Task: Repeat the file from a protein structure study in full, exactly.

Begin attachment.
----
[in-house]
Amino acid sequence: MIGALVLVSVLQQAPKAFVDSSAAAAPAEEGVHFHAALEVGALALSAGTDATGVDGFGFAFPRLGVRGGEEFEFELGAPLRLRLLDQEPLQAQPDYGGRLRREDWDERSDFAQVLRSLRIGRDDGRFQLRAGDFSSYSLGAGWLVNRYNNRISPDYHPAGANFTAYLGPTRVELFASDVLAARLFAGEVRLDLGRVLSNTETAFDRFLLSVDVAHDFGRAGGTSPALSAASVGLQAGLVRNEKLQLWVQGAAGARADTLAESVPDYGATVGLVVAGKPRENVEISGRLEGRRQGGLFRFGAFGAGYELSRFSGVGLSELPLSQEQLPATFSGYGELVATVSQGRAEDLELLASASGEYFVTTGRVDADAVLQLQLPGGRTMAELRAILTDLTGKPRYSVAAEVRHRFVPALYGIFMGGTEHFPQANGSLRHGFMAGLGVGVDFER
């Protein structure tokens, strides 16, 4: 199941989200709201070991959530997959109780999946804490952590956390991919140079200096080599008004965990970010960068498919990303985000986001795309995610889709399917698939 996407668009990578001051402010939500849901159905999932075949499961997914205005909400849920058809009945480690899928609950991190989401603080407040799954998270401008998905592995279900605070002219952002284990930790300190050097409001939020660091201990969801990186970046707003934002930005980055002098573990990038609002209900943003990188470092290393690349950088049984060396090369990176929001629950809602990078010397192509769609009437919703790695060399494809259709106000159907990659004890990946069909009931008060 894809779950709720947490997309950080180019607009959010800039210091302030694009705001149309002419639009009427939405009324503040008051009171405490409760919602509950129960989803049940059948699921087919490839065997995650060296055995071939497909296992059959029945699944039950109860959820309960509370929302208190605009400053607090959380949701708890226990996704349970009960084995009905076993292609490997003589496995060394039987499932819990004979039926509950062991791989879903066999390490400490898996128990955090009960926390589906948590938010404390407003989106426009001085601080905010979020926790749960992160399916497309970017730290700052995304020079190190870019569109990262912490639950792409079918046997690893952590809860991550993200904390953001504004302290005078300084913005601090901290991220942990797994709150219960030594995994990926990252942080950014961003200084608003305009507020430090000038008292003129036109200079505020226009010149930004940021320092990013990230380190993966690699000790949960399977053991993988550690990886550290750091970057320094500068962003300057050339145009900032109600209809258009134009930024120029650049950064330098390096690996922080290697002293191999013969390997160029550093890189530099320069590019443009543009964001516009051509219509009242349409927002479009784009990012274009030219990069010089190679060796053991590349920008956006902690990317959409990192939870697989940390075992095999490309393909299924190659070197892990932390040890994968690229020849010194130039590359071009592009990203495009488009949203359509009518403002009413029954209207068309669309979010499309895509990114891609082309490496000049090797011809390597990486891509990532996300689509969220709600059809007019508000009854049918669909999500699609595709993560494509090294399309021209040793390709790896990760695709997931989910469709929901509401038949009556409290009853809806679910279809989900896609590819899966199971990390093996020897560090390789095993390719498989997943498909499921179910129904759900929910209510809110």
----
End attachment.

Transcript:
[in-house]
Amino acid sequence: MIGALVLVSVLQQAPKAFVDSSAAAAPAEEGVHFHAALEVGALALSAGTDATGVDGFGFAFPRLGVRGGEEFEFELGAPLRLRLLDQEPLQAQPDYGGRLRREDWDERSDFAQVLRSLRIGRDDGRFQLRAGDFSSYSLGAGWLVNRYNNRISPDYHPAGANFTAYLGPTRVELFASDVLAARLFAGEVRLDLGRVLSNTETAFDRFLLSVDVAHDFGRAGGTSPALSAASVGLQAGLVRNEKLQLWVQGAAGARADTLAESVPDYGATVGLVVAGKPRENVEISGRLEGRRQGGLFRFGAFGAGYELSRFSGVGLSELPLSQEQLPATFSGYGELVATVSQGRAEDLELLASASGEYFVTTGRVDADAVLQLQLPGGRTMAELRAILTDLTGKPRYSVAAEVRHRFVPALYGIFMGGTEHFPQANGSLRHGFMAGLGVGVDFER
């Protein structure tokens, strides 16, 4: 199941989200709201070991959530997959109780999946804490952590956390991919140079200096080599008004965990970010960068498919990303985000986001795309995610889709399917698939 996407668009990578001051402010939500849901159905999932075949499961997914205005909400849920058809009945480690899928609950991190989401603080407040799954998270401008998905592995279900605070002219952002284990930790300190050097409001939020660091201990969801990186970046707003934002930005980055002098573990990038609002209900943003990188470092290393690349950088049984060396090369990176929001629950809602990078010397192509769609009437919703790695060399494809259709106000159907990659004890990946069909009931008060 894809779950709720947490997309950080180019607009959010800039210091302030694009705001149309002419639009009427939405009324503040008051009171405490409760919602509950129960989803049940059948699921087919490839065997995650060296055995071939497909296992059959029945699944039950109860959820309960509370929302208190605009400053607090959380949701708890226990996704349970009960084995009905076993292609490997003589496995060394039987499932819990004979039926509950062991791989879903066999390490400490898996128990955090009960926390589906948590938010404390407003989106426009001085601080905010979020926790749960992160399916497309970017730290700052995304020079190190870019569109990262912490639950792409079918046997690893952590809860991550993200904390953001504004302290005078300084913005601090901290991220942990797994709150219960030594995994990926990252942080950014961003200084608003305009507020430090000038008292003129036109200079505020226009010149930004940021320092990013990230380190993966690699000790949960399977053991993988550690990886550290750091970057320094500068962003300057050339145009900032109600209809258009134009930024120029650049950064330098390096690996922080290697002293191999013969390997160029550093890189530099320069590019443009543009964001516009051509219509009242349409927002479009784009990012274009030219990069010089190679060796053991590349920008956006902690990317959409990192939870697989940390075992095999490309393909299924190659070197892990932390040890994968690229020849010194130039590359071009592009990203495009488009949203359509009518403002009413029954209207068309669309979010499309895509990114891609082309490496000049090797011809390597990486891509990532996300689509969220709600059809007019508000009854049918669909999500699609595709993560494509090294399309021209040793390709790896990760695709997931989910469709929901509401038949009556409290009853809806679910279809989900896609590819899966199971990390093996020897560090390789095993390719498989997943498909499921179910129904759900929910209510809110």